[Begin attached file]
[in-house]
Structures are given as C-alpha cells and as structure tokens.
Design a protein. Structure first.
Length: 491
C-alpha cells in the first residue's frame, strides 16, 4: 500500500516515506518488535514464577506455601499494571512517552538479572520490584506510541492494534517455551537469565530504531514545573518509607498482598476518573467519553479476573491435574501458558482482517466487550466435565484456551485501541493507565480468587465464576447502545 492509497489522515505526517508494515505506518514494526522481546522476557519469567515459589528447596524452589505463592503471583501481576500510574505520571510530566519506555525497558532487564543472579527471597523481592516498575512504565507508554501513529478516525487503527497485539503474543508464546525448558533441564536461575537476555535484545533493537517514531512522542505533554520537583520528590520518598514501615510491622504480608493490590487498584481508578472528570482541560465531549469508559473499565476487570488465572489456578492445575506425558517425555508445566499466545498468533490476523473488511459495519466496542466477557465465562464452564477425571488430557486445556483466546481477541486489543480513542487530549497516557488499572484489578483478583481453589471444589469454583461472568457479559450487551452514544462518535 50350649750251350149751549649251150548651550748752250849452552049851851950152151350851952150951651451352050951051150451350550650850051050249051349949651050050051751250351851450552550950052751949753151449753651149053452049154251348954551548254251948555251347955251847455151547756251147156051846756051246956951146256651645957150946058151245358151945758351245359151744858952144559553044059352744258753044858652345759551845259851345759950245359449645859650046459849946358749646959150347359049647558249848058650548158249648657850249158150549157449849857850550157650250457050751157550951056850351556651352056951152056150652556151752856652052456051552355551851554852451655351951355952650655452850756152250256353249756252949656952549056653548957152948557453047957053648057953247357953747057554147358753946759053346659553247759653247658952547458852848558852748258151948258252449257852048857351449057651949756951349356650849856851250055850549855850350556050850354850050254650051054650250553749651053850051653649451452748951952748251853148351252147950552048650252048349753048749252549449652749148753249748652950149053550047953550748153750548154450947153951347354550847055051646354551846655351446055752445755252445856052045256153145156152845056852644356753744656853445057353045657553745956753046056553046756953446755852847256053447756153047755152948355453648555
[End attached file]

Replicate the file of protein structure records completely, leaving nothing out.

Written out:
[in-house]
Structures are given as C-alpha cells and as structure tokens.
Design a protein. Structure first.
Length: 491
C-alpha cells in the first residue's frame, strides 16, 4: 500500500516515506518488535514464577506455601499494571512517552538479572520490584506510541492494534517455551537469565530504531514545573518509607498482598476518573467519553479476573491435574501458558482482517466487550466435565484456551485501541493507565480468587465464576447502545 492509497489522515505526517508494515505506518514494526522481546522476557519469567515459589528447596524452589505463592503471583501481576500510574505520571510530566519506555525497558532487564543472579527471597523481592516498575512504565507508554501513529478516525487503527497485539503474543508464546525448558533441564536461575537476555535484545533493537517514531512522542505533554520537583520528590520518598514501615510491622504480608493490590487498584481508578472528570482541560465531549469508559473499565476487570488465572489456578492445575506425558517425555508445566499466545498468533490476523473488511459495519466496542466477557465465562464452564477425571488430557486445556483466546481477541486489543480513542487530549497516557488499572484489578483478583481453589471444589469454583461472568457479559450487551452514544462518535 50350649750251350149751549649251150548651550748752250849452552049851851950152151350851952150951651451352050951051150451350550650850051050249051349949651050050051751250351851450552550950052751949753151449753651149053452049154251348954551548254251948555251347955251847455151547756251147156051846756051246956951146256651645957150946058151245358151945758351245359151744858952144559553044059352744258753044858652345759551845259851345759950245359449645859650046459849946358749646959150347359049647558249848058650548158249648657850249158150549157449849857850550157650250457050751157550951056850351556651352056951152056150652556151752856652052456051552355551851554852451655351951355952650655452850756152250256353249756252949656952549056653548957152948557453047957053648057953247357953747057554147358753946759053346659553247759653247658952547458852848558852748258151948258252449257852048857351449057651949756951349356650849856851250055850549855850350556050850354850050254650051054650250553749651053850051653649451452748951952748251853148351252147950552048650252048349753048749252549449652749148753249748652950149053550047953550748153750548154450947153951347354550847055051646354551846655351446055752445755252445856052045256153145156152845056852644356753744656853445057353045657553745956753046056553046756953446755852847256053447756153047755152948355453648555